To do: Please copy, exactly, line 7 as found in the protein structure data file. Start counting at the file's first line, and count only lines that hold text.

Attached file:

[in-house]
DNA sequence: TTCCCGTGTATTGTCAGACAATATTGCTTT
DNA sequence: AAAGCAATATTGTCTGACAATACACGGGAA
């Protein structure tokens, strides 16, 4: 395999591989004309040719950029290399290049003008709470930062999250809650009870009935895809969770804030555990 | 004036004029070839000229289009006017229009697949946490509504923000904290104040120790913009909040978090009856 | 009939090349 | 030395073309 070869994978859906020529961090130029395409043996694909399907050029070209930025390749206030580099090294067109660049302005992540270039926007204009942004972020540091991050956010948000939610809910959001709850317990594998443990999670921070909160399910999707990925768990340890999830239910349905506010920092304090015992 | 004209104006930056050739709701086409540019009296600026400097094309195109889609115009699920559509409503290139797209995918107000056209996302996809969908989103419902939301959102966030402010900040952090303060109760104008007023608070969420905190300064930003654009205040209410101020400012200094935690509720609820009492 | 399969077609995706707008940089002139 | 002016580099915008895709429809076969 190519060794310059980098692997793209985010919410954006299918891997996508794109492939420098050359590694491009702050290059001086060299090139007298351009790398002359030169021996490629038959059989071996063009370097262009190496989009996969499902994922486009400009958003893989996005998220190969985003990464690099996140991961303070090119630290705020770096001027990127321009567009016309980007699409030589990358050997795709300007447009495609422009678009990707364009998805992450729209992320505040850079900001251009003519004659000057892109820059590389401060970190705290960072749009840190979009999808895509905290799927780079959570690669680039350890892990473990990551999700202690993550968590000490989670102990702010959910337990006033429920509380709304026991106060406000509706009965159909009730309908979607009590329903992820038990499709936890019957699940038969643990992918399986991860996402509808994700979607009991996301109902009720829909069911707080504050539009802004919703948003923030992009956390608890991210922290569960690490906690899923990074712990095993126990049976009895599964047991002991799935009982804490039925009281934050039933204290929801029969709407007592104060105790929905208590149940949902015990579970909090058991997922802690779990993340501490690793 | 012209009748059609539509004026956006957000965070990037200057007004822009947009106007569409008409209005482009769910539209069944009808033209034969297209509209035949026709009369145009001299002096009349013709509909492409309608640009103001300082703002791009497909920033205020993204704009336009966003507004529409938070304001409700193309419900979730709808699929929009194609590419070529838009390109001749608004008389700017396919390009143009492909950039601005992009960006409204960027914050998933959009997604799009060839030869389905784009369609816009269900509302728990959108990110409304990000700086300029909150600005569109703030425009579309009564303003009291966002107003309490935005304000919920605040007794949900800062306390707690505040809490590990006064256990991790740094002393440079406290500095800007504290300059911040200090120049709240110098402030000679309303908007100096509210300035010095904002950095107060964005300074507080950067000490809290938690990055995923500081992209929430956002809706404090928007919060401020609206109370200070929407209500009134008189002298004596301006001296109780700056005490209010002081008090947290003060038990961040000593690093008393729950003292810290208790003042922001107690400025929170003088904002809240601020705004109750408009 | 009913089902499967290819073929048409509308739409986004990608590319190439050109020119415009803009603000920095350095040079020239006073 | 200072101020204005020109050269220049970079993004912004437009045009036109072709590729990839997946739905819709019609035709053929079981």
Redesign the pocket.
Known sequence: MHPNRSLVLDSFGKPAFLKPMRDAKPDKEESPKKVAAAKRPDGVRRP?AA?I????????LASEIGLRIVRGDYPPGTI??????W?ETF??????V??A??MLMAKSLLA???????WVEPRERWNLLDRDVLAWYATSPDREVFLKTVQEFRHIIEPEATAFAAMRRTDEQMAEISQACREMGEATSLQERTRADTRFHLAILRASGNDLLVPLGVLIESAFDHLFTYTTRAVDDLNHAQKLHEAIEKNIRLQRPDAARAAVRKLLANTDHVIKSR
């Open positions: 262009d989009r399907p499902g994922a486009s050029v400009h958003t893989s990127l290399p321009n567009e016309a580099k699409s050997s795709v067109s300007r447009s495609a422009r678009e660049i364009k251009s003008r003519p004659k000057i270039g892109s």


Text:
């Open positions: 262009d989009r399907p499902g994922a486009s050029v400009h958003t893989s990127l290399p321009n567009e016309a580099k699409s050997s795709v067109s300007r447009s495609a422009r678009e660049i364009k251009s003008r003519p004659k000057i270039g892109s």